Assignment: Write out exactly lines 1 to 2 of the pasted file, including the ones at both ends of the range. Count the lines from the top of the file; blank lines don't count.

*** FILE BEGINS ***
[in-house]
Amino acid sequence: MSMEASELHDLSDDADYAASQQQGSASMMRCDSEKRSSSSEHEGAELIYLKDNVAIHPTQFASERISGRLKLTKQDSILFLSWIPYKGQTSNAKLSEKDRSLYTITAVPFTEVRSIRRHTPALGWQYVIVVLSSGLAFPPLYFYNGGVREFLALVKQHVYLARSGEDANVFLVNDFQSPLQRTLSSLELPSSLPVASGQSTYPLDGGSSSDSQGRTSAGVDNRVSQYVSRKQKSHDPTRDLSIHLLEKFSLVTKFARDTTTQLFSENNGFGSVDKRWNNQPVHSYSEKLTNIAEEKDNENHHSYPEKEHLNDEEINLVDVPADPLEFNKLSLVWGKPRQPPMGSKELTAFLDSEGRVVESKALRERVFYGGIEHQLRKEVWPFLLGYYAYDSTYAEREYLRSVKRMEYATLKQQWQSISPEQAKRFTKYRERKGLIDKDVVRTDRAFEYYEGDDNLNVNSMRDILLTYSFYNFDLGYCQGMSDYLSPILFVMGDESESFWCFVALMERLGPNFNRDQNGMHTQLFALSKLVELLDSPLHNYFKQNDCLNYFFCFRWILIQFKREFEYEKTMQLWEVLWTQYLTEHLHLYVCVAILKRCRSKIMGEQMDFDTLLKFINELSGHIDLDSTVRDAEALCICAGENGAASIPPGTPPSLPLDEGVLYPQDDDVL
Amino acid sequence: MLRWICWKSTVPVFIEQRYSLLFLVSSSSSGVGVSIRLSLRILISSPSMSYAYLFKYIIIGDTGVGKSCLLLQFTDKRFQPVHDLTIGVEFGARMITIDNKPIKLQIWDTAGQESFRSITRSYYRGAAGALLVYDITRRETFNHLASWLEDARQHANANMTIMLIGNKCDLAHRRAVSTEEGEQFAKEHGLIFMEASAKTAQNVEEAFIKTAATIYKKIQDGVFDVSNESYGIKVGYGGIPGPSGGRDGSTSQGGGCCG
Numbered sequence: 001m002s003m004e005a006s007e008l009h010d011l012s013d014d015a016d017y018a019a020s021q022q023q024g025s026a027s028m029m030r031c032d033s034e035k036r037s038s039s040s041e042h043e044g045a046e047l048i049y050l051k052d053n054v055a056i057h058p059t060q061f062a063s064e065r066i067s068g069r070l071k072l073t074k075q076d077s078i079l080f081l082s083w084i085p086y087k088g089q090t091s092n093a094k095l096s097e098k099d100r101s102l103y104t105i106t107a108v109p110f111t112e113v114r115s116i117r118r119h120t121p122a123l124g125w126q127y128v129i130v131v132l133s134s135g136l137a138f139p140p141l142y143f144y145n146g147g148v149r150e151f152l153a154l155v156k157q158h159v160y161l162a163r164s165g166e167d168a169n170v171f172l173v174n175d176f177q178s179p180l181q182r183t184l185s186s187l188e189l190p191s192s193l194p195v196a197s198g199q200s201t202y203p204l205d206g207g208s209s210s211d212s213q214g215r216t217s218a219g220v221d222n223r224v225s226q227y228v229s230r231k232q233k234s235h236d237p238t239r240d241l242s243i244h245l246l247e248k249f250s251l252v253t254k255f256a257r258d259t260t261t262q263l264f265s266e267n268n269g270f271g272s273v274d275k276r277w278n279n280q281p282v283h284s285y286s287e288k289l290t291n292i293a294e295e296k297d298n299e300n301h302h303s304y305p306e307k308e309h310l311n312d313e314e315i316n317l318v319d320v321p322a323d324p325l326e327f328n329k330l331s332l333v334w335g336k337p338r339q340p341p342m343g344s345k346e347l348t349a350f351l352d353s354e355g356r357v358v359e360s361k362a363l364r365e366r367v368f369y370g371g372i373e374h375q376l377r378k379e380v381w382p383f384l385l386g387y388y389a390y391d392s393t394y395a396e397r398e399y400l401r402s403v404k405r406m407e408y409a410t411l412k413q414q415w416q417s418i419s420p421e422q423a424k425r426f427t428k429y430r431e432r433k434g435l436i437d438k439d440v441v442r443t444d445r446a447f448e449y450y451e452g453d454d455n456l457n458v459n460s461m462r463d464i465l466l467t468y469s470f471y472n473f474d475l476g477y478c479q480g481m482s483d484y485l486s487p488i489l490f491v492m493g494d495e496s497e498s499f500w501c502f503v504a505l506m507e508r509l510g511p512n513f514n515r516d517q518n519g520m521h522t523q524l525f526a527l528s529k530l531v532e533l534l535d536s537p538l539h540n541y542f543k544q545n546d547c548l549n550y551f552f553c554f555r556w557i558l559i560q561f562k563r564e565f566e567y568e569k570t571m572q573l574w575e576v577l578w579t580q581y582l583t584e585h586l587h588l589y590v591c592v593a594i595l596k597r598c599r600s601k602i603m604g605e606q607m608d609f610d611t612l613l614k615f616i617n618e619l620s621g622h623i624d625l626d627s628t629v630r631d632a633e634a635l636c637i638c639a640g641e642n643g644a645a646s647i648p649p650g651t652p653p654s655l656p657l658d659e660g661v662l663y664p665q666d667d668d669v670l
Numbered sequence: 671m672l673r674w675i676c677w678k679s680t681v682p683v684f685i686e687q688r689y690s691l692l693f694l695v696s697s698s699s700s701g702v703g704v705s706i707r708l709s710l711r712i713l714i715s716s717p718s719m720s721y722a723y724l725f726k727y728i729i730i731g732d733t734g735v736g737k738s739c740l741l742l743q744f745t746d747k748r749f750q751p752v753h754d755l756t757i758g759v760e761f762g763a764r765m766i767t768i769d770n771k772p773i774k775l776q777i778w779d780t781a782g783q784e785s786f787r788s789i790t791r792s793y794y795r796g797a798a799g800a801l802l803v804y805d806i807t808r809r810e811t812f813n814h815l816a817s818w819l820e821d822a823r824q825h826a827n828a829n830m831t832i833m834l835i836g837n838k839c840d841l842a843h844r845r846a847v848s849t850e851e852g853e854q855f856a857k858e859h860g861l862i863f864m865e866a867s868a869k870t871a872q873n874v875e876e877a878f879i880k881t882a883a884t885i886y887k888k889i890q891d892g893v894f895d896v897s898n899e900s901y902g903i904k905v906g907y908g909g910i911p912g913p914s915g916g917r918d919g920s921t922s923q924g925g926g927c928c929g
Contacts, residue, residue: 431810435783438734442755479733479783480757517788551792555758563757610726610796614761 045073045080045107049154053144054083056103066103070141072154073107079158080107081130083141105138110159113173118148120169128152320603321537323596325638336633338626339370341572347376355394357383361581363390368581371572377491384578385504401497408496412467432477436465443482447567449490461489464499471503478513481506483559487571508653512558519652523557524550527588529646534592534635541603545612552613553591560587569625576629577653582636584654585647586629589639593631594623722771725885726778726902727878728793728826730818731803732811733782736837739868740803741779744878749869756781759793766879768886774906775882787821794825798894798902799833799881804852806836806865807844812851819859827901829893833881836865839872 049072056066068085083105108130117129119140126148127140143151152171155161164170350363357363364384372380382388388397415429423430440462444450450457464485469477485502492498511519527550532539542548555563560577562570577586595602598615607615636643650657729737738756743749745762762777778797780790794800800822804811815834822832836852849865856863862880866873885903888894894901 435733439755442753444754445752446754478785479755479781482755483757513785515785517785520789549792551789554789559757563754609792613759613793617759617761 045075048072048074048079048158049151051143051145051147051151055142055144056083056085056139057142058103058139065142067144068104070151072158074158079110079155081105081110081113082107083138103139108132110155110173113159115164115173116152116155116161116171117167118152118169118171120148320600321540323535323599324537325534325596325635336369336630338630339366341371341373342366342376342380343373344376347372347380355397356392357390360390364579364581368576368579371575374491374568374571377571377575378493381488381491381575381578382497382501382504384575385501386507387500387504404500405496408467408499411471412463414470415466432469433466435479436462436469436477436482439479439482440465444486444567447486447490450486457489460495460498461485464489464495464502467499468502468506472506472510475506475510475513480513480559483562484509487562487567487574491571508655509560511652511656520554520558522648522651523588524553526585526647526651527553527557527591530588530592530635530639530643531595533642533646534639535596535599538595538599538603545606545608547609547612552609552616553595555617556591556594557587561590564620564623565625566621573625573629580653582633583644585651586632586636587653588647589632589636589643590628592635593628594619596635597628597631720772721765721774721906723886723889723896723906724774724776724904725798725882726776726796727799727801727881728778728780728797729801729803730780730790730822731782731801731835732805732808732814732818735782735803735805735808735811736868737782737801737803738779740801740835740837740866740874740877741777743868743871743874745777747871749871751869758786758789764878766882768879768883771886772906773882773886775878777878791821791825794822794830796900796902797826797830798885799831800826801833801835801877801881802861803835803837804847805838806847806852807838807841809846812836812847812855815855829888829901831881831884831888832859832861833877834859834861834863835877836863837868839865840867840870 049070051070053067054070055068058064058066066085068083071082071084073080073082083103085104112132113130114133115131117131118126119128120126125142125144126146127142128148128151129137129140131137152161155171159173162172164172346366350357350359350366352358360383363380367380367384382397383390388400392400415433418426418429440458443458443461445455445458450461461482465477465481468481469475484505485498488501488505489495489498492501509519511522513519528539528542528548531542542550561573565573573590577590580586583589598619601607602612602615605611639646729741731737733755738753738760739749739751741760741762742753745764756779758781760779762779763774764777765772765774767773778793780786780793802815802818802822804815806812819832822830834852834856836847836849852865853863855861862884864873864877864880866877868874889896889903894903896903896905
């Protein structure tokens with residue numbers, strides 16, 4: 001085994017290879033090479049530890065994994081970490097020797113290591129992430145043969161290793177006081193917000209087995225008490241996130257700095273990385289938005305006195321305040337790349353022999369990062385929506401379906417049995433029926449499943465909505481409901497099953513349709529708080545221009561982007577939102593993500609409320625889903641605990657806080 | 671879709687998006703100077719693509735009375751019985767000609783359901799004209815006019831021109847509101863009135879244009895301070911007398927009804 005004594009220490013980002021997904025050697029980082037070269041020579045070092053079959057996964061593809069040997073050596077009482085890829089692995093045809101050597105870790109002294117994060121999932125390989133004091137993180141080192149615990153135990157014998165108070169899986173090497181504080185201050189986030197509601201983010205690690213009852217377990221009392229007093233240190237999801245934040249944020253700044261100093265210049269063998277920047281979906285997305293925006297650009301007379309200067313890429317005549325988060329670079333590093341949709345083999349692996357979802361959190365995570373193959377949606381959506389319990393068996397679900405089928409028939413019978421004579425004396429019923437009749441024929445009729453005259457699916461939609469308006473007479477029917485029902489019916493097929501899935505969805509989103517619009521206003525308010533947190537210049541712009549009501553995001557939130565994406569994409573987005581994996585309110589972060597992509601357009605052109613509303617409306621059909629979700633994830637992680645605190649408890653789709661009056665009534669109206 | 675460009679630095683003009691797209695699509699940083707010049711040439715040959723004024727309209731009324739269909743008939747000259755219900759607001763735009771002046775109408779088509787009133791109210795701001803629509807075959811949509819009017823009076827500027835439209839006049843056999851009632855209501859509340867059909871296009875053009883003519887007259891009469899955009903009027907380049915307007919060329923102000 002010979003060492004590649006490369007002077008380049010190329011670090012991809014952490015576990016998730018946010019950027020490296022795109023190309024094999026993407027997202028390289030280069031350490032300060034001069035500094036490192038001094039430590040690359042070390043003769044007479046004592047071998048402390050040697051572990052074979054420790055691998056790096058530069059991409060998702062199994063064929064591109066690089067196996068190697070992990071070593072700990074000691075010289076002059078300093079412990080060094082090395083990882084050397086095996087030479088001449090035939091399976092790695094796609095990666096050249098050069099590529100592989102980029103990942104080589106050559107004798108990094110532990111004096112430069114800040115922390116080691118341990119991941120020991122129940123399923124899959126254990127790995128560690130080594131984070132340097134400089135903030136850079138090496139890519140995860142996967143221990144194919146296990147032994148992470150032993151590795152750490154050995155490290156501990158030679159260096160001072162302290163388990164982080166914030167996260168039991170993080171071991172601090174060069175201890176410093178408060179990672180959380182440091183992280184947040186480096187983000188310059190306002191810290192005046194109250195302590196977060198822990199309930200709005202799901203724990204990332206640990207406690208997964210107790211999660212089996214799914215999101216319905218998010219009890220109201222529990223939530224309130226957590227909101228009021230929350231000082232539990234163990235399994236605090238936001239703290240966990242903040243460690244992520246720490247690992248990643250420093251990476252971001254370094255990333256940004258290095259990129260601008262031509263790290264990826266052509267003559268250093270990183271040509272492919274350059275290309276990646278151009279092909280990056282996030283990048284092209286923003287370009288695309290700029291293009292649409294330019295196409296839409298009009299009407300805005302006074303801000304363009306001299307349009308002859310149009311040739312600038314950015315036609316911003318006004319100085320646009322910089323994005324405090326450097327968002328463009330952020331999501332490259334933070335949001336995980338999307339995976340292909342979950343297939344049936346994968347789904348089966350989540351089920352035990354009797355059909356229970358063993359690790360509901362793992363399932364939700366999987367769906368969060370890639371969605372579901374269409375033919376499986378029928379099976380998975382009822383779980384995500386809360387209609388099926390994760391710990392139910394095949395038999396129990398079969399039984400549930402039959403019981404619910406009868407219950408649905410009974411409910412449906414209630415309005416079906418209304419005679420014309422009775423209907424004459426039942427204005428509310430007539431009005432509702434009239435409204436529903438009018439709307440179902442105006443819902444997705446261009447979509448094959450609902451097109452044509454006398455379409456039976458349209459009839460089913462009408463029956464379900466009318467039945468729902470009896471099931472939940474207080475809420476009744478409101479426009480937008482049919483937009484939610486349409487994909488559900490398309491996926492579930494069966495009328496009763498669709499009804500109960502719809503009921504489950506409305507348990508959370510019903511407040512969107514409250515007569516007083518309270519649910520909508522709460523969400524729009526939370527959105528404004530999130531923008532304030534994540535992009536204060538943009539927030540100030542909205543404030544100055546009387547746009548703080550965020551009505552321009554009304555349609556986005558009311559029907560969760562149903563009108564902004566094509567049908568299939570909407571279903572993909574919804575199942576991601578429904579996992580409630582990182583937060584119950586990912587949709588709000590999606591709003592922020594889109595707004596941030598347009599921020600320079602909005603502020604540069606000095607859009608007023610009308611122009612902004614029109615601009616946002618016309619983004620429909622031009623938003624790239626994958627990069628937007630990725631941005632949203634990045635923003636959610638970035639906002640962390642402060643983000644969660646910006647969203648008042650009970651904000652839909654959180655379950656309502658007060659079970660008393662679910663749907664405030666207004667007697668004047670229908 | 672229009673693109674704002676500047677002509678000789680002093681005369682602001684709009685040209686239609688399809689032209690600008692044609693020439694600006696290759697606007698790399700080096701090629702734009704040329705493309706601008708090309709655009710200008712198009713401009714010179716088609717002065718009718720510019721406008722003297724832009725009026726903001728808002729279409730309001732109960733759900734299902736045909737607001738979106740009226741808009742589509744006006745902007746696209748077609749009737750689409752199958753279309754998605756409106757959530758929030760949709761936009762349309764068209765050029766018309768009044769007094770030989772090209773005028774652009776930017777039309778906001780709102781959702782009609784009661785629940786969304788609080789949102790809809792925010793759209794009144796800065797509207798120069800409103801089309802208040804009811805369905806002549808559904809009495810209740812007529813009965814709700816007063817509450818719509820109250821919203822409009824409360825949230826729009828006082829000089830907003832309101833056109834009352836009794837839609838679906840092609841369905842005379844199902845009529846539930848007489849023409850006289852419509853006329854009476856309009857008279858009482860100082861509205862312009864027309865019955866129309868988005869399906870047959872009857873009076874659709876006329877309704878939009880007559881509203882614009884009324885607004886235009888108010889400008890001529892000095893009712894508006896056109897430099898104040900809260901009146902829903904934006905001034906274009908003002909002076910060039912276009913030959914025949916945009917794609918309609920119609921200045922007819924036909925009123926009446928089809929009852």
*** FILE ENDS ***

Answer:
[in-house]
Amino acid sequence: MSMEASELHDLSDDADYAASQQQGSASMMRCDSEKRSSSSEHEGAELIYLKDNVAIHPTQFASERISGRLKLTKQDSILFLSWIPYKGQTSNAKLSEKDRSLYTITAVPFTEVRSIRRHTPALGWQYVIVVLSSGLAFPPLYFYNGGVREFLALVKQHVYLARSGEDANVFLVNDFQSPLQRTLSSLELPSSLPVASGQSTYPLDGGSSSDSQGRTSAGVDNRVSQYVSRKQKSHDPTRDLSIHLLEKFSLVTKFARDTTTQLFSENNGFGSVDKRWNNQPVHSYSEKLTNIAEEKDNENHHSYPEKEHLNDEEINLVDVPADPLEFNKLSLVWGKPRQPPMGSKELTAFLDSEGRVVESKALRERVFYGGIEHQLRKEVWPFLLGYYAYDSTYAEREYLRSVKRMEYATLKQQWQSISPEQAKRFTKYRERKGLIDKDVVRTDRAFEYYEGDDNLNVNSMRDILLTYSFYNFDLGYCQGMSDYLSPILFVMGDESESFWCFVALMERLGPNFNRDQNGMHTQLFALSKLVELLDSPLHNYFKQNDCLNYFFCFRWILIQFKREFEYEKTMQLWEVLWTQYLTEHLHLYVCVAILKRCRSKIMGEQMDFDTLLKFINELSGHIDLDSTVRDAEALCICAGENGAASIPPGTPPSLPLDEGVLYPQDDDVL